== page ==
I think Marisa Meltzer is brave for writing this book. There are probably a lot of women out there that know its primary sources as well as she does and who will think she left out x or misinterpreted y. I am not one of those women, though. I have expertise in the zine side of riot grrrl, but know very little about the bands, so I was psyched to read this short, personable history with a certain amount of memoir thrown in.
Actually, perzine fan that I am, I would have liked even more of the personal stuff--it's mostly at the beginning and the end--but I can see how that could have been offputting to more typical readers. Then again that might have helped answer the people who are going to say, "I can't believe you left out x or misinterpreted y!" If it is clearly Meltzer's story, then they can pick up a keyboard and write their own if they want it told differently. She does indicate that the book follows her own taste and experience and she asserts that it's not comprehensive of all of the girl music in the 90s, leaving out hip hop, metal, and country.
I dogeared half a dozen pages, and though I'd planned to give the book away (I keep very few books.), I realized halfway through that I needed to keep it, as a resource for my own research interests. Some notes:
- Find the film Ladies and Gentlemen, the Fabulous Stains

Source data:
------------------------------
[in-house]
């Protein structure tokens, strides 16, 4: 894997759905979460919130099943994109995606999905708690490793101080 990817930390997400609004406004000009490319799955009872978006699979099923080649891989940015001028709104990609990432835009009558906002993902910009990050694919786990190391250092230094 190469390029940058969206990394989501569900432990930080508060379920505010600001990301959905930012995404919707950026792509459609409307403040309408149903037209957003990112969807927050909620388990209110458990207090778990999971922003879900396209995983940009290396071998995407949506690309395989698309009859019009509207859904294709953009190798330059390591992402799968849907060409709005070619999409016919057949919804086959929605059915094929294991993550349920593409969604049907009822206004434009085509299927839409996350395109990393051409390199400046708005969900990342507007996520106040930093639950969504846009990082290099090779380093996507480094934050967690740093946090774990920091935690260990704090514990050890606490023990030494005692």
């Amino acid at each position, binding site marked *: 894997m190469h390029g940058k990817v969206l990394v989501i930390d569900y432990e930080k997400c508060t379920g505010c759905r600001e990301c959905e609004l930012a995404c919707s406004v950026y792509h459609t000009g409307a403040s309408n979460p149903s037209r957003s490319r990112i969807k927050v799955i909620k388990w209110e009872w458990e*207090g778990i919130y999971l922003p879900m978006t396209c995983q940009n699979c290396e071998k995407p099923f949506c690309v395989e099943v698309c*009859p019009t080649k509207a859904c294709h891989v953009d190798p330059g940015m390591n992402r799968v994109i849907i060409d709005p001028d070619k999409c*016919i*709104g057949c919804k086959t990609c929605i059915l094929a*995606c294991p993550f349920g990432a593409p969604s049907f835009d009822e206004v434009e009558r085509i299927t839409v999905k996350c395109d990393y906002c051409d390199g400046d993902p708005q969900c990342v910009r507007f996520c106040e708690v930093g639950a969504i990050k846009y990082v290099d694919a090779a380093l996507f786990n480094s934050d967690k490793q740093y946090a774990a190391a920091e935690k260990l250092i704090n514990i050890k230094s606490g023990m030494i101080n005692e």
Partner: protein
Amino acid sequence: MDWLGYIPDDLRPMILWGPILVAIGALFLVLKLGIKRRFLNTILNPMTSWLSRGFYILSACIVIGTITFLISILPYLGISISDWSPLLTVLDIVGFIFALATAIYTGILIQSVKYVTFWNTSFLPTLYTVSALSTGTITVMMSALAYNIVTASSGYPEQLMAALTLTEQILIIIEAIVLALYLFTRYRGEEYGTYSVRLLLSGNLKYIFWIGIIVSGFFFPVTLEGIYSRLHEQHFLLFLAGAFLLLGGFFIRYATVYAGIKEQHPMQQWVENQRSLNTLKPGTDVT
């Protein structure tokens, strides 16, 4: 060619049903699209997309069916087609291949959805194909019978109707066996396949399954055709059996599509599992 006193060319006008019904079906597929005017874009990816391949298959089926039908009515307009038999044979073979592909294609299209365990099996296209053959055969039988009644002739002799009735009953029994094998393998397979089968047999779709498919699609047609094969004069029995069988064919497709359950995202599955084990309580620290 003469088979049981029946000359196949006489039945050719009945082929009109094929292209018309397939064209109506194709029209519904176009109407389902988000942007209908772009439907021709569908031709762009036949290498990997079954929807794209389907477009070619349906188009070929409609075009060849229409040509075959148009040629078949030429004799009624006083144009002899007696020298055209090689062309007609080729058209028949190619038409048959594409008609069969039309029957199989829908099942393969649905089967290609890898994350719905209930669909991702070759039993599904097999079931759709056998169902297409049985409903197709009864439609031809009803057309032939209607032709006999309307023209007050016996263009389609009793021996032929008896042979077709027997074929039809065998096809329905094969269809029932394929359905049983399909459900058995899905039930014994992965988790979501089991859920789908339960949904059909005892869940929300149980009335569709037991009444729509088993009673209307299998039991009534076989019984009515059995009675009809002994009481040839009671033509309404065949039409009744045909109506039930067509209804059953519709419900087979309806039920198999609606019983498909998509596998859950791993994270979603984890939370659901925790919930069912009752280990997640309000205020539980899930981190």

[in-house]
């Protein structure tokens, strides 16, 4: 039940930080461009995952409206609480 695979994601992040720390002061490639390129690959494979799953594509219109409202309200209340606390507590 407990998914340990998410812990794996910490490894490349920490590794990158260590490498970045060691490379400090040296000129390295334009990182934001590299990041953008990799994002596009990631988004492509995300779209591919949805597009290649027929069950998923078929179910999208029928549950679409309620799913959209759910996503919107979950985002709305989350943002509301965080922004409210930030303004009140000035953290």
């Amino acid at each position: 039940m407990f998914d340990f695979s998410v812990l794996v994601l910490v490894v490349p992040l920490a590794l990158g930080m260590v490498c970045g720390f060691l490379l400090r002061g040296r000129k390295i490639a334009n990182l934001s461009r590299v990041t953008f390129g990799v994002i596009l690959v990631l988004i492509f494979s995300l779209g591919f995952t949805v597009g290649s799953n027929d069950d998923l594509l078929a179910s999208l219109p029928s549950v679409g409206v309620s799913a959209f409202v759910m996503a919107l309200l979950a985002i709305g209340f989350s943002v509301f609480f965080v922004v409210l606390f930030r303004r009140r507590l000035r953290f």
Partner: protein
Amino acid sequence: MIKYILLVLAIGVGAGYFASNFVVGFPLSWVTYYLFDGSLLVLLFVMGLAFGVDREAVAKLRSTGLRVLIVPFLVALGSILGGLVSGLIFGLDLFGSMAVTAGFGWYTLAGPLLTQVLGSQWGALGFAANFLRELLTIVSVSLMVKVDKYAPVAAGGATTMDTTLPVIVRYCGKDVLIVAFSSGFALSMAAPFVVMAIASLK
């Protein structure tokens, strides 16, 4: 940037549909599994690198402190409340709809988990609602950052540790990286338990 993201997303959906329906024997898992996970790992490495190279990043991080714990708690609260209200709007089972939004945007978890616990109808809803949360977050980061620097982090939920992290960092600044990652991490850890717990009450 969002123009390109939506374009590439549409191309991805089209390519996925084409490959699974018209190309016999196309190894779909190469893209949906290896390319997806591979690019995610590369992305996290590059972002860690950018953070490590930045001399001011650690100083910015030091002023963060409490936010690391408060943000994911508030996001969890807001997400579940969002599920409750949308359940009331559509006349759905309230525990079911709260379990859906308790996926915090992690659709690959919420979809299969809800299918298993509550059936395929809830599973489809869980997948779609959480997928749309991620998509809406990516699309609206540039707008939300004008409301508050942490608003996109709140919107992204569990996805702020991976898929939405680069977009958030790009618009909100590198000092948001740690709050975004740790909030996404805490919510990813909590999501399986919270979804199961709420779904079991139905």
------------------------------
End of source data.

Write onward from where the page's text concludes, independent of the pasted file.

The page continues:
- Good analysis of the riot grrrl media blackout. I think it was a stunningly powerful act myself, but I appreciate Meltzer's take that it did nothing to reduce riot grrrl's white/middle class elitist cliqueish nature.
- The passage about Camp Trans at MWMF made me happy. "It was at once the purest, most raw and honest, and most unlikely expression of girl (or whatever gender you may choose) power that I have ever, or will ever, experience. I wasn't even there for the traditional full week--just a long weekend--and yet afterward it felt like I had to adjust to life back in the patriarchy." p.69
- Read the book The Body Project: an Intimate History of American Girls, which examines 100 years of American girls' diaries.
- Something she said about watching videos on YouTube got me to thinking that's a good analogy for the zines vs. blogs argument. Reading a blog post is watching a concert on YouTube, reading a zine is like being there. What do you think?
- Rock 'n' Roll Camp for Girls ♥ ♥ ♥
- And since you know how much I care about such things, there is a lovely four page bibliography/filmography and an index--no entry for "zines" though--wtf?
Oops. I totally don't want to end this review on a wtf, so let me say that Girl Power is an attractive, well-produced book that never forgets its feminist politics, but also allows itself to embrace the Spice Girls.